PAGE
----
The RV Battery Bank

In order for the inverter to do its transforming work, the battery bank has to be charged up. RVs typically have multiple batteries linked together to form a power bank. Most newer RVs are equipped with a converter  that can charge up the battery(s) from shore power. It takes the AC shore power and converts it to DC battery power. But there are several other ways to keep a bank of batteries charged.

The first is simply turning on the RV's engine. Most coach batteries can be charged - to a limited extent - by driving. Since the amount of charge the chassis alternator can generate for the coach battery depends on a lot of variables, it's not the best option. A better method is to run the generator to recharge the battery. Usually diesel or propane powered, the generator produces electricity that can be stored in the battery (or transferred through the inverter to supply the coach appliances and outlets). A third method is using solar panels. If you have solar panels installed, they will contribute the power they generate from the sun to help keep a battery charged. The last option, is taking the battery out of the RV and hooking it up to a battery charger.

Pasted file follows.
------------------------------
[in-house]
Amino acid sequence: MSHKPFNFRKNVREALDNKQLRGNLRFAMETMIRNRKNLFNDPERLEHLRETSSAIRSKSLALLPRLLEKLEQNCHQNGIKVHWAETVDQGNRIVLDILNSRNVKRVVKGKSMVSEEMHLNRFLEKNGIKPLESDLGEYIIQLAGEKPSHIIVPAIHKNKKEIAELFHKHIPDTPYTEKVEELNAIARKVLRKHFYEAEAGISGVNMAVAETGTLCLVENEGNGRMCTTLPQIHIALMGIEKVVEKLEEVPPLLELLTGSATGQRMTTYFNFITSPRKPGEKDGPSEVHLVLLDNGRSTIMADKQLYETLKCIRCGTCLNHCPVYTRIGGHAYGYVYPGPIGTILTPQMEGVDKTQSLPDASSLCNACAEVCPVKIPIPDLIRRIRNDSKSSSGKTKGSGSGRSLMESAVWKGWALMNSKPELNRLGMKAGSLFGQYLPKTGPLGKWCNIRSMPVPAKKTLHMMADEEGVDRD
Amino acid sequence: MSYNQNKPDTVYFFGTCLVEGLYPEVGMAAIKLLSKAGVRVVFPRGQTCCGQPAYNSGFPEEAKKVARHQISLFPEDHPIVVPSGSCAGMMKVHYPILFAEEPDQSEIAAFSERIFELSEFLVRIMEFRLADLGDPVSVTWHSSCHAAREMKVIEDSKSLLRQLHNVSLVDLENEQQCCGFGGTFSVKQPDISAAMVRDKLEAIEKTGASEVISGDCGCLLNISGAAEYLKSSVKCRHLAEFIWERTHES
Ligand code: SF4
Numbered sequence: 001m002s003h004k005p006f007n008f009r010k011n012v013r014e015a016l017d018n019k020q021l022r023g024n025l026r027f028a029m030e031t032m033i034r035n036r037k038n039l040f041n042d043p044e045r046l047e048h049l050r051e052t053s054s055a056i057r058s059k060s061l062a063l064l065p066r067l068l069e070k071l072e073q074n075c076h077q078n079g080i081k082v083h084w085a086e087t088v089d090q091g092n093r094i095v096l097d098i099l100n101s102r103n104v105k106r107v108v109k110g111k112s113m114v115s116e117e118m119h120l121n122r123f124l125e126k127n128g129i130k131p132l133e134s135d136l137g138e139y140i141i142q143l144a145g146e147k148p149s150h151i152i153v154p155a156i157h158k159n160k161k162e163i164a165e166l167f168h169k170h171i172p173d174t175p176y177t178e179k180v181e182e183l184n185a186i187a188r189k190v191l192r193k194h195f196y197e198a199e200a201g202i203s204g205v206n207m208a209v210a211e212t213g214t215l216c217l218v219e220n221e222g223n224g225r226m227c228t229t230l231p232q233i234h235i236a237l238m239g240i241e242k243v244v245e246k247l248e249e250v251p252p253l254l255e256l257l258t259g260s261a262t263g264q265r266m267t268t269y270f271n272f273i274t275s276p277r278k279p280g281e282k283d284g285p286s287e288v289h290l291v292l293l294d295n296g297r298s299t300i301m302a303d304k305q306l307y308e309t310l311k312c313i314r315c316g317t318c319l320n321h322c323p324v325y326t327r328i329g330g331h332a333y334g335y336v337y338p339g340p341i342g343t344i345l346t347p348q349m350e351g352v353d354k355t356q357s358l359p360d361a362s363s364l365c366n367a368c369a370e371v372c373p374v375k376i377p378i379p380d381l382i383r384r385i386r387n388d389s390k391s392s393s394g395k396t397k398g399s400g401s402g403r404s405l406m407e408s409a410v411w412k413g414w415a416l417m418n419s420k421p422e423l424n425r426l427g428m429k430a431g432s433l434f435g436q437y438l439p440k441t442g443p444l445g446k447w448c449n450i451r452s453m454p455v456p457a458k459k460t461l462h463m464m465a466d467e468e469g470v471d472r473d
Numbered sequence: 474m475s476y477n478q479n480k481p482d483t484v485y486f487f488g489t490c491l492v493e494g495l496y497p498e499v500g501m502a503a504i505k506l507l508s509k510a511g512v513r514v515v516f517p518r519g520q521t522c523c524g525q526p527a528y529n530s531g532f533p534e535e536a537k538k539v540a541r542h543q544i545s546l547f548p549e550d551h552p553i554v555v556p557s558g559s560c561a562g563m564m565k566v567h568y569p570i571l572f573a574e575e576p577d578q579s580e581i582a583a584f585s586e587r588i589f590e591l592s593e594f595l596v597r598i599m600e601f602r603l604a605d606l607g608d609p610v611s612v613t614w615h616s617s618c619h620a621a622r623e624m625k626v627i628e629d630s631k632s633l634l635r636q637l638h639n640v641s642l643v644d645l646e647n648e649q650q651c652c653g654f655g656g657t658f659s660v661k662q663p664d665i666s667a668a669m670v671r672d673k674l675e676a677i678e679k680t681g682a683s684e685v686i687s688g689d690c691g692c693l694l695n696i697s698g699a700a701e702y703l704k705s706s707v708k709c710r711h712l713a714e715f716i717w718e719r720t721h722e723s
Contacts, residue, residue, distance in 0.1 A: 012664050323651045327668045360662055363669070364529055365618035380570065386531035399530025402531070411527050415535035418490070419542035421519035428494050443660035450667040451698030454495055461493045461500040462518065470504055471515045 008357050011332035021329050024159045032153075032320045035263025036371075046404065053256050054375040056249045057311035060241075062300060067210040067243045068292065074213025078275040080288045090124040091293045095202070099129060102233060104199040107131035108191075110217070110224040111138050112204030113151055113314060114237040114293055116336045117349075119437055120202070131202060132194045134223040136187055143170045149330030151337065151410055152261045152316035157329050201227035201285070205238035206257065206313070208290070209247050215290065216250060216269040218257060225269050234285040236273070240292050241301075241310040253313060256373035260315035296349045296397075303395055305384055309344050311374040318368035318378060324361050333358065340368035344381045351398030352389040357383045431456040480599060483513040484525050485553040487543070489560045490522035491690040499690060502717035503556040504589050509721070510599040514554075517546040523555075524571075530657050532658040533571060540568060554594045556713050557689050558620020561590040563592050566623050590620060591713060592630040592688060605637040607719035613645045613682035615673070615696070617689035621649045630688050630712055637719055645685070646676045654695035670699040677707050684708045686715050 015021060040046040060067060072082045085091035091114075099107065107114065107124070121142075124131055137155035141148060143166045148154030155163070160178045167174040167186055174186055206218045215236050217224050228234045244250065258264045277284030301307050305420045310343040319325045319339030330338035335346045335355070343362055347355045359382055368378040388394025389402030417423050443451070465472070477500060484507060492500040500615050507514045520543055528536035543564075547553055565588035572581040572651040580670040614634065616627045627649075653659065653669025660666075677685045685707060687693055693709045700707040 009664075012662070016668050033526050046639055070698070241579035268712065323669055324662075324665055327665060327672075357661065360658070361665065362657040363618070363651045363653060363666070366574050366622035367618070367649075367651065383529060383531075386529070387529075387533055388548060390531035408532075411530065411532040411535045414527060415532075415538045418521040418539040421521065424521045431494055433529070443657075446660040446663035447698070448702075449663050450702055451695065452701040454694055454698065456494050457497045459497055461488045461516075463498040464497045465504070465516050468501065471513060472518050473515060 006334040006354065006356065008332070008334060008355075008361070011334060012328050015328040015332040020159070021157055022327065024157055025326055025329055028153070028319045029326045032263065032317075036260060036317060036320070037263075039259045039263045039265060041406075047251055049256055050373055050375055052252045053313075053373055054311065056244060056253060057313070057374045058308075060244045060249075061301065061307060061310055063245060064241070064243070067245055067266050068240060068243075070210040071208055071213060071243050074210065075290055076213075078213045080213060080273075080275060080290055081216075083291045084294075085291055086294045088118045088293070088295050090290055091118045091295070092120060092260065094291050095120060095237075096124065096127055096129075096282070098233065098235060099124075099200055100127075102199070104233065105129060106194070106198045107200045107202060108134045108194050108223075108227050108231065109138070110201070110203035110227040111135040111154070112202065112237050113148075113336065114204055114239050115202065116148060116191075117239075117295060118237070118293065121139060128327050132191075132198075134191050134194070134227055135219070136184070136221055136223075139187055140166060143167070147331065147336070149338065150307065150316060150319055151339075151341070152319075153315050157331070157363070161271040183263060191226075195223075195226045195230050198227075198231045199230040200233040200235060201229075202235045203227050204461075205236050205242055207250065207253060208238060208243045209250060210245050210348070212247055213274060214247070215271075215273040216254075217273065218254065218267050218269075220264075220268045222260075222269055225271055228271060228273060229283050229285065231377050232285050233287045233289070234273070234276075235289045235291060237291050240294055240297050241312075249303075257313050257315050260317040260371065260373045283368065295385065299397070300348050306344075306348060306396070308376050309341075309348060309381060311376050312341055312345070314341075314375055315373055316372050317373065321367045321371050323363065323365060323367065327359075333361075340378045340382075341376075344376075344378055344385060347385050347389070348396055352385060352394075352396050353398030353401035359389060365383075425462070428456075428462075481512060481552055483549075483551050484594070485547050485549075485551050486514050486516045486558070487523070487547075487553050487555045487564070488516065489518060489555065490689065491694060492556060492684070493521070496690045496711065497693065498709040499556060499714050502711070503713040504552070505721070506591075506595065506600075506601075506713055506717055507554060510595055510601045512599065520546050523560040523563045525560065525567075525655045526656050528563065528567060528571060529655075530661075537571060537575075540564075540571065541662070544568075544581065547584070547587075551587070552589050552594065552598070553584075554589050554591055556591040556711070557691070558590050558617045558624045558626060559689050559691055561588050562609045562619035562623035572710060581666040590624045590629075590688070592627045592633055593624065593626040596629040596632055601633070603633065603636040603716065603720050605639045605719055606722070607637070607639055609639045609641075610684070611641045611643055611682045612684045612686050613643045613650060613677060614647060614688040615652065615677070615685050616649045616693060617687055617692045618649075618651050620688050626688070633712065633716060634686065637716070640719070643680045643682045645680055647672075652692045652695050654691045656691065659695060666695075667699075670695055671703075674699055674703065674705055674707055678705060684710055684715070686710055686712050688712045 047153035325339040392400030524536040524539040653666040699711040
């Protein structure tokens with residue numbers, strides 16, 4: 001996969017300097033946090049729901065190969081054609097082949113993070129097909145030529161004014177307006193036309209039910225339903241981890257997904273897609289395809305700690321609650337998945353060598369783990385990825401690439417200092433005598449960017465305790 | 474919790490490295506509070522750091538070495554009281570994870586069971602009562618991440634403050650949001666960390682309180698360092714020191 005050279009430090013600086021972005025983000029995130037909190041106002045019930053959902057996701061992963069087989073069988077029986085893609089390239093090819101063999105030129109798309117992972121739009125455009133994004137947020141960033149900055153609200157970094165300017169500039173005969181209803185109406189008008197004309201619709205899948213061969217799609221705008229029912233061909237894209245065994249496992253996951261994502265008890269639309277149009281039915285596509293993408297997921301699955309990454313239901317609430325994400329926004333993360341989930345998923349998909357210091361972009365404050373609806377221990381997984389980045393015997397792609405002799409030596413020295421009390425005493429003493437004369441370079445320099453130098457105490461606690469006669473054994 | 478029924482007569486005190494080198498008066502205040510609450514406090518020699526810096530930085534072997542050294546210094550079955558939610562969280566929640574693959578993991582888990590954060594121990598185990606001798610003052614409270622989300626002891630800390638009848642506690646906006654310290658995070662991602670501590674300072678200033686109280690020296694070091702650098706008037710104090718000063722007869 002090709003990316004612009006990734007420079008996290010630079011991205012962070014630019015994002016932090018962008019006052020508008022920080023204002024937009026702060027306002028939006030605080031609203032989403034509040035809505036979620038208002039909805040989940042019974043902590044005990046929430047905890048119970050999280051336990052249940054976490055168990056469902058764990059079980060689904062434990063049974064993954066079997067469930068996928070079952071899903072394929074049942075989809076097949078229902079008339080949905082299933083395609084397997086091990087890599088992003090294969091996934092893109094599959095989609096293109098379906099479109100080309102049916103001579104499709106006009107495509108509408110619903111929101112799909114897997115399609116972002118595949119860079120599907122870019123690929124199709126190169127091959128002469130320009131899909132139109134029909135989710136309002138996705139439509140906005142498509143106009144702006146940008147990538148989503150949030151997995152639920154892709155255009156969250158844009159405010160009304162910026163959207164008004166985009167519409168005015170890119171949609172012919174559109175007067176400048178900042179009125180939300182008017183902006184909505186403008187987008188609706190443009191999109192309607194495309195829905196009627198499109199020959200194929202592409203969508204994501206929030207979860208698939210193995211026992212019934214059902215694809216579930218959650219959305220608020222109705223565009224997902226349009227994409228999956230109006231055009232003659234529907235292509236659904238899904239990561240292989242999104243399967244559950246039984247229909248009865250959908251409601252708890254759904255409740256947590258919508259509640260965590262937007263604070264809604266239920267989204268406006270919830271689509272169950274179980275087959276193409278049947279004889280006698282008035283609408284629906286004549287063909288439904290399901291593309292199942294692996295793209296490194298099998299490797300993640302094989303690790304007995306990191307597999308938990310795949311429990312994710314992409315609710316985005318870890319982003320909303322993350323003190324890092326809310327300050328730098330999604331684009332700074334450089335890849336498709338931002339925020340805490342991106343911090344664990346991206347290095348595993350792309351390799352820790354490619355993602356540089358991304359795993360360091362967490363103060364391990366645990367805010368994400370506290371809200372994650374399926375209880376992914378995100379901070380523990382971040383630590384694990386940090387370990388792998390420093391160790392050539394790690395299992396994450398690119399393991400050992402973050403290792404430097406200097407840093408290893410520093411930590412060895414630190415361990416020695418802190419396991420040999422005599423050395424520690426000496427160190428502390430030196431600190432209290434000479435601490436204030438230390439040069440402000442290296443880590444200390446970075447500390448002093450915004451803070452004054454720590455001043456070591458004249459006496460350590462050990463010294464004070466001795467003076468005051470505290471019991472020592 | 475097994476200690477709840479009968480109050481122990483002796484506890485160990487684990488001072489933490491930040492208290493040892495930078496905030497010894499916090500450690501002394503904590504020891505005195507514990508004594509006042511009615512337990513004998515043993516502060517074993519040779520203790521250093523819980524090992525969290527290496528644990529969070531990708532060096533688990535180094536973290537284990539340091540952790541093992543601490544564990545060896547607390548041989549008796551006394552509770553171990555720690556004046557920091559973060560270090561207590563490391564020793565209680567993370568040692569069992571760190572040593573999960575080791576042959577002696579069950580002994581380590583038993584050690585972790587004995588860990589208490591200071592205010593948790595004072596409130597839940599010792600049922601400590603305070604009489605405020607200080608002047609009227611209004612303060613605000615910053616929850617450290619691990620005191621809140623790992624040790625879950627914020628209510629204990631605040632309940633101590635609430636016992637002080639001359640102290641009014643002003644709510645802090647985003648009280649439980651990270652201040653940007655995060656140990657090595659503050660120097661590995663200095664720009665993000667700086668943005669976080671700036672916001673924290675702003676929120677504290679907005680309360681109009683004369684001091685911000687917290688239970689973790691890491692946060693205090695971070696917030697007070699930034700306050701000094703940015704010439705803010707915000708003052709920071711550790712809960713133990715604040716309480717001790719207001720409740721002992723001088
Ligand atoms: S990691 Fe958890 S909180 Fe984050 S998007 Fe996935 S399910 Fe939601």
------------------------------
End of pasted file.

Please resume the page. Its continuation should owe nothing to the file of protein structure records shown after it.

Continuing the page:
Although there is not much maintenance you can do for your inverter, your RV batteries need special attention. When we learned that it was important to never let the batteries drop below half - charge we monitored it carefully. Unfortunately,  the 13.4 "fully charged" reading we took while plugged into shore power seemed to indicate that a reading of 6.2 volts would be "half-charged". Not so. Half-charge of our battery bank happens at about 12.5 volts.